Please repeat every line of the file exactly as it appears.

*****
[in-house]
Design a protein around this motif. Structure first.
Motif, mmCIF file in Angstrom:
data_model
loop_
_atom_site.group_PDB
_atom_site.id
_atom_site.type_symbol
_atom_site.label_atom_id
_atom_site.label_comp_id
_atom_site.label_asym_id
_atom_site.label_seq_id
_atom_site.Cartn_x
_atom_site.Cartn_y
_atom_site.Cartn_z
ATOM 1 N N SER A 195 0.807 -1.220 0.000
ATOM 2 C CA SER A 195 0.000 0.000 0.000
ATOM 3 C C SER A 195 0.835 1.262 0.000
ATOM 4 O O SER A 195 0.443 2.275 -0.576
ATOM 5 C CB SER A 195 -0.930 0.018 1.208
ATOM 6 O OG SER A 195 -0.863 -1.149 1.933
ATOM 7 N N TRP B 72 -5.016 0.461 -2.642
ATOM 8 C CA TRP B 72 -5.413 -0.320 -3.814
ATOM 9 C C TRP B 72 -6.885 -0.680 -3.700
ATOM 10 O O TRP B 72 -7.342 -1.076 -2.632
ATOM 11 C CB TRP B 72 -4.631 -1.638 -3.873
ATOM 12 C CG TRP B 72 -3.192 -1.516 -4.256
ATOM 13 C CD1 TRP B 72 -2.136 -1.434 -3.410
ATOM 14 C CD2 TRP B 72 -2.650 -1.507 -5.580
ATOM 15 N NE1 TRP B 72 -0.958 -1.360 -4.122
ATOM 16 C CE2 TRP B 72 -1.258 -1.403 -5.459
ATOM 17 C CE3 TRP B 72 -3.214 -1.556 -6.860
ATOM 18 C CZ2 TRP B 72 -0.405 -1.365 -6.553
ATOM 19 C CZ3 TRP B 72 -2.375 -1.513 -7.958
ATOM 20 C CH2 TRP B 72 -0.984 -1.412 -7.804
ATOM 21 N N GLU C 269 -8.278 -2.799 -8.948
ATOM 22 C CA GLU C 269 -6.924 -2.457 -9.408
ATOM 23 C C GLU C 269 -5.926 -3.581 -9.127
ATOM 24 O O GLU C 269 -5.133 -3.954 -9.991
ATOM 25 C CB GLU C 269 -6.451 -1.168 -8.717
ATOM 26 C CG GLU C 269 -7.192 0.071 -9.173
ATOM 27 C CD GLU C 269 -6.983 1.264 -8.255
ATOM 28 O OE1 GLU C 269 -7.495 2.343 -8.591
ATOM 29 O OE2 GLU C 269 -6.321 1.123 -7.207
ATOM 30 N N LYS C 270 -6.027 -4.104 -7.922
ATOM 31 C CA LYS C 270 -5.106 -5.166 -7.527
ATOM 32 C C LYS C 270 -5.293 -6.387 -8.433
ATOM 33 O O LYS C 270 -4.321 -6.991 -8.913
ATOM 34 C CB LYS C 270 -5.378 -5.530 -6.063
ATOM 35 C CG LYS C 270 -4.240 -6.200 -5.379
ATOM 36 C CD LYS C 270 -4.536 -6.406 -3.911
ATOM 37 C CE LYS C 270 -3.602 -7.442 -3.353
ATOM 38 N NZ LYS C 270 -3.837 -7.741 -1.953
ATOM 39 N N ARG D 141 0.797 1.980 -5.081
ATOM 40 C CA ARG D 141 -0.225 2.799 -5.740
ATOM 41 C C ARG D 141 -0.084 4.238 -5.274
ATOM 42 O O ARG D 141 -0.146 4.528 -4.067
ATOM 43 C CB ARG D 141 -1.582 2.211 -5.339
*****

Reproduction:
[in-house]
Design a protein around this motif. Structure first.
Motif, mmCIF file in Angstrom:
data_model
loop_
_atom_site.group_PDB
_atom_site.id
_atom_site.type_symbol
_atom_site.label_atom_id
_atom_site.label_comp_id
_atom_site.label_asym_id
_atom_site.label_seq_id
_atom_site.Cartn_x
_atom_site.Cartn_y
_atom_site.Cartn_z
ATOM 1 N N SER A 195 0.807 -1.220 0.000
ATOM 2 C CA SER A 195 0.000 0.000 0.000
ATOM 3 C C SER A 195 0.835 1.262 0.000
ATOM 4 O O SER A 195 0.443 2.275 -0.576
ATOM 5 C CB SER A 195 -0.930 0.018 1.208
ATOM 6 O OG SER A 195 -0.863 -1.149 1.933
ATOM 7 N N TRP B 72 -5.016 0.461 -2.642
ATOM 8 C CA TRP B 72 -5.413 -0.320 -3.814
ATOM 9 C C TRP B 72 -6.885 -0.680 -3.700
ATOM 10 O O TRP B 72 -7.342 -1.076 -2.632
ATOM 11 C CB TRP B 72 -4.631 -1.638 -3.873
ATOM 12 C CG TRP B 72 -3.192 -1.516 -4.256
ATOM 13 C CD1 TRP B 72 -2.136 -1.434 -3.410
ATOM 14 C CD2 TRP B 72 -2.650 -1.507 -5.580
ATOM 15 N NE1 TRP B 72 -0.958 -1.360 -4.122
ATOM 16 C CE2 TRP B 72 -1.258 -1.403 -5.459
ATOM 17 C CE3 TRP B 72 -3.214 -1.556 -6.860
ATOM 18 C CZ2 TRP B 72 -0.405 -1.365 -6.553
ATOM 19 C CZ3 TRP B 72 -2.375 -1.513 -7.958
ATOM 20 C CH2 TRP B 72 -0.984 -1.412 -7.804
ATOM 21 N N GLU C 269 -8.278 -2.799 -8.948
ATOM 22 C CA GLU C 269 -6.924 -2.457 -9.408
ATOM 23 C C GLU C 269 -5.926 -3.581 -9.127
ATOM 24 O O GLU C 269 -5.133 -3.954 -9.991
ATOM 25 C CB GLU C 269 -6.451 -1.168 -8.717
ATOM 26 C CG GLU C 269 -7.192 0.071 -9.173
ATOM 27 C CD GLU C 269 -6.983 1.264 -8.255
ATOM 28 O OE1 GLU C 269 -7.495 2.343 -8.591
ATOM 29 O OE2 GLU C 269 -6.321 1.123 -7.207
ATOM 30 N N LYS C 270 -6.027 -4.104 -7.922
ATOM 31 C CA LYS C 270 -5.106 -5.166 -7.527
ATOM 32 C C LYS C 270 -5.293 -6.387 -8.433
ATOM 33 O O LYS C 270 -4.321 -6.991 -8.913
ATOM 34 C CB LYS C 270 -5.378 -5.530 -6.063
ATOM 35 C CG LYS C 270 -4.240 -6.200 -5.379
ATOM 36 C CD LYS C 270 -4.536 -6.406 -3.911
ATOM 37 C CE LYS C 270 -3.602 -7.442 -3.353
ATOM 38 N NZ LYS C 270 -3.837 -7.741 -1.953
ATOM 39 N N ARG D 141 0.797 1.980 -5.081
ATOM 40 C CA ARG D 141 -0.225 2.799 -5.740
ATOM 41 C C ARG D 141 -0.084 4.238 -5.274
ATOM 42 O O ARG D 141 -0.146 4.528 -4.067
ATOM 43 C CB ARG D 141 -1.582 2.211 -5.339